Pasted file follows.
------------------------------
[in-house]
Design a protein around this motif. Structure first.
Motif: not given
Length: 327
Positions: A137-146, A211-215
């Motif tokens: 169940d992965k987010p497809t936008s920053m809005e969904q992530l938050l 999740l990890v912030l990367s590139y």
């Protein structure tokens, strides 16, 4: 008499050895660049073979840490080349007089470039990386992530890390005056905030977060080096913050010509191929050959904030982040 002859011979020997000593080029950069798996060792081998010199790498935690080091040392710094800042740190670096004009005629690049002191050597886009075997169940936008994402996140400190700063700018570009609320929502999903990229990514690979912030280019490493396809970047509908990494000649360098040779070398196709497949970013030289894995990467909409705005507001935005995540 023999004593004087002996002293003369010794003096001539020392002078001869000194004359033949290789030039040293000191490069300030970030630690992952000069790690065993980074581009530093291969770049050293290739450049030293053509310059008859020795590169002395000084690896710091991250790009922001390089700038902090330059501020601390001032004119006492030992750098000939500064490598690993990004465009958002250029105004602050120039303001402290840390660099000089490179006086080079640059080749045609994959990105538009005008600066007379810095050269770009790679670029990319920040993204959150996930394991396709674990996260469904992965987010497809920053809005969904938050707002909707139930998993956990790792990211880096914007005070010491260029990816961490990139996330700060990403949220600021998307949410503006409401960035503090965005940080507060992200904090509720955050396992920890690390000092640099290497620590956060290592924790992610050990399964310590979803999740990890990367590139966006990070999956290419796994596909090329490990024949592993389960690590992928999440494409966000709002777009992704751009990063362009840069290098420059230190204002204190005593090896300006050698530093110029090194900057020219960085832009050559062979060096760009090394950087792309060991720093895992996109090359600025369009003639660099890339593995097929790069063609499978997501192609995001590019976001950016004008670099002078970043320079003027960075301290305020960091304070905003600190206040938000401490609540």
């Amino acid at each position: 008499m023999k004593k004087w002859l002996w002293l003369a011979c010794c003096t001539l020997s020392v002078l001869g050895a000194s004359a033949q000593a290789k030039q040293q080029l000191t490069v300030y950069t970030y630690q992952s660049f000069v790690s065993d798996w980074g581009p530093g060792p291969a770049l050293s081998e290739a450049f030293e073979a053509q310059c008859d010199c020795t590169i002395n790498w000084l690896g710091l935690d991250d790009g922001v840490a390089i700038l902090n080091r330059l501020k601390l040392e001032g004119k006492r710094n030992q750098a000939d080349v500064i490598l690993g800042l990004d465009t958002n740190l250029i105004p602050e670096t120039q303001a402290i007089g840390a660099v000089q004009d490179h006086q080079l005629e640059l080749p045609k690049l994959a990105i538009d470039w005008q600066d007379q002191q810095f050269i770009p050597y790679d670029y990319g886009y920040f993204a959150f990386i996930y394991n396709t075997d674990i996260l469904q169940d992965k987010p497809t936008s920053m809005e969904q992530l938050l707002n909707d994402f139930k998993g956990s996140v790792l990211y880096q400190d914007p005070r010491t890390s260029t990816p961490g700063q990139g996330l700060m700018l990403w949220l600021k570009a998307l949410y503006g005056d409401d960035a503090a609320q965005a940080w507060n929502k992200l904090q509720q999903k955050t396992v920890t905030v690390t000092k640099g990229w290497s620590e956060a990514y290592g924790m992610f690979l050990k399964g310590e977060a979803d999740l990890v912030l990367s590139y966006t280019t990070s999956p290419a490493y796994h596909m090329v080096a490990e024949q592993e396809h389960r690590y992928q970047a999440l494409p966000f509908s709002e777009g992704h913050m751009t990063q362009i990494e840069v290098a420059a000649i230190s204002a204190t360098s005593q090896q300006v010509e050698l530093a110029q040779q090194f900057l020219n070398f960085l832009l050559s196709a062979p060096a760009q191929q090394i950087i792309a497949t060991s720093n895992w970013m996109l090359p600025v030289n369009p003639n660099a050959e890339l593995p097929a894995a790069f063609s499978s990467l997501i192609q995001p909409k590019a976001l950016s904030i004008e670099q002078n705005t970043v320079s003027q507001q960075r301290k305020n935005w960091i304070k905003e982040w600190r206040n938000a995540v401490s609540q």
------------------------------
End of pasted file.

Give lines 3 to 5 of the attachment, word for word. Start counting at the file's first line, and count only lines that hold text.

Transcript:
Motif: not given
Length: 327
Positions: A137-146, A211-215